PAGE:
One of the biggest worries a fan, of either a movie or television show, has is whether a sequel will hold up to the original. Most likely, we are happy to hear there will be more to see of the characters and world we have come to love so much, but a sense of dread and doubt follows that feeling as we hope that the continuation does not ruin what we already have. These were the exact feelings I had about Avatar: The Legend of Korra (TLOK) when I heard it was going to be the sequel series to the much beloved Avatar: The Last Airbender (TLA) animated series. These doubts and fears were immediately put to rest when I saw the first episode, with all the thanks going to the creators, Michael Dante DiMartino and Bryan Konietzko, who wrote all twelve episodes of the first season. However, the true surprise came when TLOK not only kept the brilliance and feel of the first series but expanded on it in a seamless and thoroughly imaginative way.
Avatar: The Legend of Korra takes place 70 years after the events of Avatar: The Last Airbender where the new Avatar, Korra, has already mastered water, earth and fire. To complete her training, Korra moves to Republic City to learn Airbending from Aang’s son Tenzin, the only Airbending master in the world. However, just after Korra begins her training, she has to also deal with a growing Anti-bending Revolution that has started in the city.
One thing that must be understood is that a ‘sequel series’ is different from a ‘spin-off series’. A sequel series is where a television program introduces new characters, but the whole plot and setting takes place within the same universe and chronologically follows its predecessor. Some examples of successful sequel series’ would be Star Trek: The Next Generation to Star Trek, just as Batman Beyond was a sequel series to Batman: The Animated Series. A spin-off is where a show focuses on a specific event or character from an established show and carries on exploring that aspect during the same time frame as its predecessor. For example, Frasier would be a spin-off to Cheers, the way Angel is to Buffy The Vampire Slayer and so on.
Avatar: The Legend of Korra is as successful sequel to Avatar: The Last Airbender as Batman Beyond was to Batman: The Animated Series. In its first season, TLOK introduced a whole set of new characters, a lot of whom had connections to characters from TLA. These new characters are fun, entertaining, interesting, and at the same time quite menacing and devious. This allows fans, who loved TLA, to immediately connect and like these new characters because they were a bridge of sorts between the two series. However, since these were fresh characters, new audiences can enjoy what is happening without needing a backstory. Republic City is also an amazing setting for the series, because unlike TLA, the action and story takes place in a central location and with a far more modern setting that is easy for all to connect to. Finally, the bending battles in this series are not only as good as from TLA, but much better. The way people in this more modern world use their bending abilities is exactly how martial arts has progressed in our world. TLOK introduced ‘pro-bending’, a reference to the start of pro-wrestling in the 1920s of our own history, which is a much faster and more streamlined kind of bending battle than we are used to. The introduction of this kind of game captures the audience’s attention immediately since the battles and duels are a great deal more intricate and fascinating to watch than ever before.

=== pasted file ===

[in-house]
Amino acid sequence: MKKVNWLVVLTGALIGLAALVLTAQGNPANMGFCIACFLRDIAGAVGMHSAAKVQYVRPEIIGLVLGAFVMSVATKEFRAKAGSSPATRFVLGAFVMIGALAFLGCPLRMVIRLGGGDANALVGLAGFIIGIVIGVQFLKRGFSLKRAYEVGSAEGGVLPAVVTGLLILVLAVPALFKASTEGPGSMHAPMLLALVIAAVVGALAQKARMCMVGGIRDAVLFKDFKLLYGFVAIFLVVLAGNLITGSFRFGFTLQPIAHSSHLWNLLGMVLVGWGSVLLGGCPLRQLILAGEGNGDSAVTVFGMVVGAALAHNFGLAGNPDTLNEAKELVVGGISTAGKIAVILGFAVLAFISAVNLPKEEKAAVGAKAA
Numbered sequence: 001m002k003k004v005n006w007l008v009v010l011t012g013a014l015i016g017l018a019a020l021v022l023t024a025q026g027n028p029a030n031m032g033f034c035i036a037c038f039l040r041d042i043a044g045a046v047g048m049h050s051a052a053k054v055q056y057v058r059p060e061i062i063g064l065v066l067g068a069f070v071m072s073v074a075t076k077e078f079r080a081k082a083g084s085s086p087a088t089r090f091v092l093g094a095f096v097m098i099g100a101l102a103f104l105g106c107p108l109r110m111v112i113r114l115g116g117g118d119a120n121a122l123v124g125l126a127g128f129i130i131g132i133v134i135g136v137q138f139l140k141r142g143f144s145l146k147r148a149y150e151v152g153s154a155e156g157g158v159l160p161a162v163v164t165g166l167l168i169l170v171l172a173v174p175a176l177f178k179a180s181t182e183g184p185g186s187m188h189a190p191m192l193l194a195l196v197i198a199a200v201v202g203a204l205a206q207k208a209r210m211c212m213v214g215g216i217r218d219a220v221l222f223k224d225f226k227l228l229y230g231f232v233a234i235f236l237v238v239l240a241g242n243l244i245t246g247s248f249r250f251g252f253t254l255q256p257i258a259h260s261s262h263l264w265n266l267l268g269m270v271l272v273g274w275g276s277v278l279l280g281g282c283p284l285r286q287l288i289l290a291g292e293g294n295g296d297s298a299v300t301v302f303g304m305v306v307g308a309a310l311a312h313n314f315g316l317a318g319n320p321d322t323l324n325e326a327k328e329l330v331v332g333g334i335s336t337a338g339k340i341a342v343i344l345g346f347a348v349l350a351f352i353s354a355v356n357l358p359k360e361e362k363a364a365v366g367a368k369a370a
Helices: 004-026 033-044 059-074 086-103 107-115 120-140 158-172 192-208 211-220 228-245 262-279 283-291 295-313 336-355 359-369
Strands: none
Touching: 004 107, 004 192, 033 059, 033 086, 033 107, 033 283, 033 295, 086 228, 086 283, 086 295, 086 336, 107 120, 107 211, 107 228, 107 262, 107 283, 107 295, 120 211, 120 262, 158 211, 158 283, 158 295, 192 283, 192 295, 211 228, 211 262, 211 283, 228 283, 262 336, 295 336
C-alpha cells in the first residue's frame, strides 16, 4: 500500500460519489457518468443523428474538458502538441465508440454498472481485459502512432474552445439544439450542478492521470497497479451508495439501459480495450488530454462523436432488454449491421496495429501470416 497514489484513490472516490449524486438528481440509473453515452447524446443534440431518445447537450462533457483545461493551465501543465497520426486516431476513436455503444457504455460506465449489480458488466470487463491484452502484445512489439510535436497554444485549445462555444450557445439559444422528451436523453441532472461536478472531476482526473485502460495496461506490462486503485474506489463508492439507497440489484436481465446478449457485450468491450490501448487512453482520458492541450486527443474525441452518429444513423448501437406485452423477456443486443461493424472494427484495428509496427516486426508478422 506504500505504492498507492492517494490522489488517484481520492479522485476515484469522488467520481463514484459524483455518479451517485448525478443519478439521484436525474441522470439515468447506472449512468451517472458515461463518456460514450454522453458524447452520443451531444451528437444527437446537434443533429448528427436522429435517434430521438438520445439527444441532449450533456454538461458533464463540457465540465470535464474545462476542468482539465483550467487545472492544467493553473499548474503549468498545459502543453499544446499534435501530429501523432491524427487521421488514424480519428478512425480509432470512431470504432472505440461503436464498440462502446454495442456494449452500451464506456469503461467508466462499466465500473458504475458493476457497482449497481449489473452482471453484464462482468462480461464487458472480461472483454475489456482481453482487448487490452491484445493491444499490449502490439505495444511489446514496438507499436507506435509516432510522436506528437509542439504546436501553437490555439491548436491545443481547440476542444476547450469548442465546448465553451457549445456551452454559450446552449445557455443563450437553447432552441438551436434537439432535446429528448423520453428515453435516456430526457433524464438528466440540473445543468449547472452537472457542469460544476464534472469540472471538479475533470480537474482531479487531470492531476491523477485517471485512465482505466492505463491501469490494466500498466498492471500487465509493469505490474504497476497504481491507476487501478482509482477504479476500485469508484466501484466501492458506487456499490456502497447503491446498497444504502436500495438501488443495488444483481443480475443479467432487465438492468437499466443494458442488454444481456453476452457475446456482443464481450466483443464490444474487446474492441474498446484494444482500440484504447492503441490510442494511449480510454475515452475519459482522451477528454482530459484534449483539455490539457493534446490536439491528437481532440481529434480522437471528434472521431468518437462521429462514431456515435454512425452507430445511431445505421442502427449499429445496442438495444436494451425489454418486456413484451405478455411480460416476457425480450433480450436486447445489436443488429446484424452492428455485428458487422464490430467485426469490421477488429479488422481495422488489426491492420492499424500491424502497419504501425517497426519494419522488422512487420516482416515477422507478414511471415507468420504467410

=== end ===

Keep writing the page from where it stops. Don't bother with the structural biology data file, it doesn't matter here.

As for the show itself, Avatar: The Legend of Korra is a well-written, well-voice acted and surprisingly mature show. As said previously, the creators have written every episode of season 1 to create a tighter form of storytelling, which results in little-to-no fillers or tangents. Each episode progresses the story and character development for all, and the story itself is a bit more serious than what we had from Avatar: The Last Airbender. If TLA was made for kids then TLOK is made for young adults. This is made evident in the younger characters attempting to make their way in the world after leaving childhood and succeeding and failing the way everyone who has gone through that process can relate to. The story is a mixture of teen angst, romance, action and heart-warmingly funny moments, but it also contains dark undertones and mature themes that allows for bad things to happen to lovable characters. This all encapsulates adolescence to me, except in this world people are able to bend the elements and the fate of the world rests on the shoulders of a 16 year-old girl.
Avatar: The Legend of Korra is a thoroughly enjoyable show with great characters, amazing animation, fantastic battles, fascinating sci-fi weapons, and a surprisingly resonating setting that easily weaves in and out of the technological and socio-political advancements of our own society compared to theirs. DiMartino and Konietzko have done it again; making a masterpiece out of an already brilliant world, without sacrificing a bit of the grandeur Avatar: The Last Airbender left us when it finished its epic tale. I encourage all of you to watch the first season and to join me in waiting for season two.